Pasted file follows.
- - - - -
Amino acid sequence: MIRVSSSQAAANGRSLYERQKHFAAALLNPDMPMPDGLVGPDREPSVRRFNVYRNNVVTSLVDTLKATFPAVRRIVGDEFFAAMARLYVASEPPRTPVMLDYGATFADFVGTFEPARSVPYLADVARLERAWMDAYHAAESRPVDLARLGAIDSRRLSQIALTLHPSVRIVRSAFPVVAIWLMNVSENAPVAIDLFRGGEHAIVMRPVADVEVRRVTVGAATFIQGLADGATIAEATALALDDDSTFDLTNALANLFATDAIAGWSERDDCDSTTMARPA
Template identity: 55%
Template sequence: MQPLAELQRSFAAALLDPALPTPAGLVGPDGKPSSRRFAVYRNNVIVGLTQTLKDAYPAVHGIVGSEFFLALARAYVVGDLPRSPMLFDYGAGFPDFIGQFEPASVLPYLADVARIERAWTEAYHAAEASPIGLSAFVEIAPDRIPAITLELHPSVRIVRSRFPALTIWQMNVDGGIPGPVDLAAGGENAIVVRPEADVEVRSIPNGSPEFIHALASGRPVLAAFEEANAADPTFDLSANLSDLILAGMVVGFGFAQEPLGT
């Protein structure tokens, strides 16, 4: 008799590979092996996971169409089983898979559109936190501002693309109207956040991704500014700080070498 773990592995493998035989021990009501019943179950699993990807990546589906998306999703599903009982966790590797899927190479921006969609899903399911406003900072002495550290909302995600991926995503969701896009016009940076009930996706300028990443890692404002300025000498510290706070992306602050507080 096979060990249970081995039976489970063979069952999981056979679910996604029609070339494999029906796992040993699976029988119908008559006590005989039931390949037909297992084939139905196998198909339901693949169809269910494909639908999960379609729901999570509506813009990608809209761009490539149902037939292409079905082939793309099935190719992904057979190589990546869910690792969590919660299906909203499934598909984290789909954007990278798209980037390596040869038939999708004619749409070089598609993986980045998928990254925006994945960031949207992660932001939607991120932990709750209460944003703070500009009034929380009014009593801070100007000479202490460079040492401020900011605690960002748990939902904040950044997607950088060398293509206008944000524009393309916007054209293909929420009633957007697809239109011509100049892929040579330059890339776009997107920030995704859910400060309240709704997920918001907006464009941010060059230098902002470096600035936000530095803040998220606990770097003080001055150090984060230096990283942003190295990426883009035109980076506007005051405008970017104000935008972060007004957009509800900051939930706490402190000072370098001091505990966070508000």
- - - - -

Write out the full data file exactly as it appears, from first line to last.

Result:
Amino acid sequence: MIRVSSSQAAANGRSLYERQKHFAAALLNPDMPMPDGLVGPDREPSVRRFNVYRNNVVTSLVDTLKATFPAVRRIVGDEFFAAMARLYVASEPPRTPVMLDYGATFADFVGTFEPARSVPYLADVARLERAWMDAYHAAESRPVDLARLGAIDSRRLSQIALTLHPSVRIVRSAFPVVAIWLMNVSENAPVAIDLFRGGEHAIVMRPVADVEVRRVTVGAATFIQGLADGATIAEATALALDDDSTFDLTNALANLFATDAIAGWSERDDCDSTTMARPA
Template identity: 55%
Template sequence: MQPLAELQRSFAAALLDPALPTPAGLVGPDGKPSSRRFAVYRNNVIVGLTQTLKDAYPAVHGIVGSEFFLALARAYVVGDLPRSPMLFDYGAGFPDFIGQFEPASVLPYLADVARIERAWTEAYHAAEASPIGLSAFVEIAPDRIPAITLELHPSVRIVRSRFPALTIWQMNVDGGIPGPVDLAAGGENAIVVRPEADVEVRSIPNGSPEFIHALASGRPVLAAFEEANAADPTFDLSANLSDLILAGMVVGFGFAQEPLGT
């Protein structure tokens, strides 16, 4: 008799590979092996996971169409089983898979559109936190501002693309109207956040991704500014700080070498 773990592995493998035989021990009501019943179950699993990807990546589906998306999703599903009982966790590797899927190479921006969609899903399911406003900072002495550290909302995600991926995503969701896009016009940076009930996706300028990443890692404002300025000498510290706070992306602050507080 096979060990249970081995039976489970063979069952999981056979679910996604029609070339494999029906796992040993699976029988119908008559006590005989039931390949037909297992084939139905196998198909339901693949169809269910494909639908999960379609729901999570509506813009990608809209761009490539149902037939292409079905082939793309099935190719992904057979190589990546869910690792969590919660299906909203499934598909984290789909954007990278798209980037390596040869038939999708004619749409070089598609993986980045998928990254925006994945960031949207992660932001939607991120932990709750209460944003703070500009009034929380009014009593801070100007000479202490460079040492401020900011605690960002748990939902904040950044997607950088060398293509206008944000524009393309916007054209293909929420009633957007697809239109011509100049892929040579330059890339776009997107920030995704859910400060309240709704997920918001907006464009941010060059230098902002470096600035936000530095803040998220606990770097003080001055150090984060230096990283942003190295990426883009035109980076506007005051405008970017104000935008972060007004957009509800900051939930706490402190000072370098001091505990966070508000």